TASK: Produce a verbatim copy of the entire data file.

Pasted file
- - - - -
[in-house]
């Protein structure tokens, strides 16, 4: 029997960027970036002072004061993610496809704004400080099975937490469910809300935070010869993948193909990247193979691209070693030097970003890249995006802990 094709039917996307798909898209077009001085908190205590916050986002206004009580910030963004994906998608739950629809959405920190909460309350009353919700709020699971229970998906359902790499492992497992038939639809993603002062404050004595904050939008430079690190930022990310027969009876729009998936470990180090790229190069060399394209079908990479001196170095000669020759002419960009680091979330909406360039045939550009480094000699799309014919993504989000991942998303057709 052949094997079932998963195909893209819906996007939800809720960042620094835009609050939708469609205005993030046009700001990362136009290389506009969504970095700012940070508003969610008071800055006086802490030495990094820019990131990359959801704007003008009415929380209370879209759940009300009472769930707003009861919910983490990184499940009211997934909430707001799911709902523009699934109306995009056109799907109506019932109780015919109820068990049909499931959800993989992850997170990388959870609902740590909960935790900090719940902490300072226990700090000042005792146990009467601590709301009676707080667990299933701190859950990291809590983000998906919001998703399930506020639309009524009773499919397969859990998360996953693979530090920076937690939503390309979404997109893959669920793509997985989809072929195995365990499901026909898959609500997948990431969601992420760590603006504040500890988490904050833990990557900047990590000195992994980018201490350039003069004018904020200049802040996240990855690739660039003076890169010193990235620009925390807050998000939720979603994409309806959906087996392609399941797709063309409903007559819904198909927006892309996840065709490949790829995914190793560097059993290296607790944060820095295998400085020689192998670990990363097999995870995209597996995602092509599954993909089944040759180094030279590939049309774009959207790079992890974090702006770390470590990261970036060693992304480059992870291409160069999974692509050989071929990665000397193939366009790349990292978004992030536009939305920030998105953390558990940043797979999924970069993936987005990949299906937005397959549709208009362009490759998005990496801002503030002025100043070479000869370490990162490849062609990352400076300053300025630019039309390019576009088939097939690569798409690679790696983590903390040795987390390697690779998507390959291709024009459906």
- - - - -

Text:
[in-house]
């Protein structure tokens, strides 16, 4: 029997960027970036002072004061993610496809704004400080099975937490469910809300935070010869993948193909990247193979691209070693030097970003890249995006802990 094709039917996307798909898209077009001085908190205590916050986002206004009580910030963004994906998608739950629809959405920190909460309350009353919700709020699971229970998906359902790499492992497992038939639809993603002062404050004595904050939008430079690190930022990310027969009876729009998936470990180090790229190069060399394209079908990479001196170095000669020759002419960009680091979330909406360039045939550009480094000699799309014919993504989000991942998303057709 052949094997079932998963195909893209819906996007939800809720960042620094835009609050939708469609205005993030046009700001990362136009290389506009969504970095700012940070508003969610008071800055006086802490030495990094820019990131990359959801704007003008009415929380209370879209759940009300009472769930707003009861919910983490990184499940009211997934909430707001799911709902523009699934109306995009056109799907109506019932109780015919109820068990049909499931959800993989992850997170990388959870609902740590909960935790900090719940902490300072226990700090000042005792146990009467601590709301009676707080667990299933701190859950990291809590983000998906919001998703399930506020639309009524009773499919397969859990998360996953693979530090920076937690939503390309979404997109893959669920793509997985989809072929195995365990499901026909898959609500997948990431969601992420760590603006504040500890988490904050833990990557900047990590000195992994980018201490350039003069004018904020200049802040996240990855690739660039003076890169010193990235620009925390807050998000939720979603994409309806959906087996392609399941797709063309409903007559819904198909927006892309996840065709490949790829995914190793560097059993290296607790944060820095295998400085020689192998670990990363097999995870995209597996995602092509599954993909089944040759180094030279590939049309774009959207790079992890974090702006770390470590990261970036060693992304480059992870291409160069999974692509050989071929990665000397193939366009790349990292978004992030536009939305920030998105953390558990940043797979999924970069993936987005990949299906937005397959549709208009362009490759998005990496801002503030002025100043070479000869370490990162490849062609990352400076300053300025630019039309390019576009088939097939690569798409690679790696983590903390040795987390390697690779998507390959291709024009459906």